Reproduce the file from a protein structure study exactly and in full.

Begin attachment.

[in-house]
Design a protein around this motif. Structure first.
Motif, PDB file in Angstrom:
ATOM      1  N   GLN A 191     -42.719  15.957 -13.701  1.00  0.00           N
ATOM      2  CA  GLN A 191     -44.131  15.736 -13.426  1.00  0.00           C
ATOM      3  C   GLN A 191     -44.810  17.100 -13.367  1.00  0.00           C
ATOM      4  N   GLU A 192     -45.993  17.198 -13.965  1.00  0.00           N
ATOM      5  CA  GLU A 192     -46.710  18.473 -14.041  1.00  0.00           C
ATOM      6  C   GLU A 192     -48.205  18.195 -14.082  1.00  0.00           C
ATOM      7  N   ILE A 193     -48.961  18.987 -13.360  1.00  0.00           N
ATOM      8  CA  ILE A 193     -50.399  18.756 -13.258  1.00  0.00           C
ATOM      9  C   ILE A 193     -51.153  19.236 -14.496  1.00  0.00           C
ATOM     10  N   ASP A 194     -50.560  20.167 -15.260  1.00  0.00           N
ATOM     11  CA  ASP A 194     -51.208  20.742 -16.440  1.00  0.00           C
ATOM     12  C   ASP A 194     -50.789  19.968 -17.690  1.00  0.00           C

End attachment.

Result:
[in-house]
Design a protein around this motif. Structure first.
Motif, PDB file in Angstrom:
ATOM      1  N   GLN A 191     -42.719  15.957 -13.701  1.00  0.00           N
ATOM      2  CA  GLN A 191     -44.131  15.736 -13.426  1.00  0.00           C
ATOM      3  C   GLN A 191     -44.810  17.100 -13.367  1.00  0.00           C
ATOM      4  N   GLU A 192     -45.993  17.198 -13.965  1.00  0.00           N
ATOM      5  CA  GLU A 192     -46.710  18.473 -14.041  1.00  0.00           C
ATOM      6  C   GLU A 192     -48.205  18.195 -14.082  1.00  0.00           C
ATOM      7  N   ILE A 193     -48.961  18.987 -13.360  1.00  0.00           N
ATOM      8  CA  ILE A 193     -50.399  18.756 -13.258  1.00  0.00           C
ATOM      9  C   ILE A 193     -51.153  19.236 -14.496  1.00  0.00           C
ATOM     10  N   ASP A 194     -50.560  20.167 -15.260  1.00  0.00           N
ATOM     11  CA  ASP A 194     -51.208  20.742 -16.440  1.00  0.00           C
ATOM     12  C   ASP A 194     -50.789  19.968 -17.690  1.00  0.00           C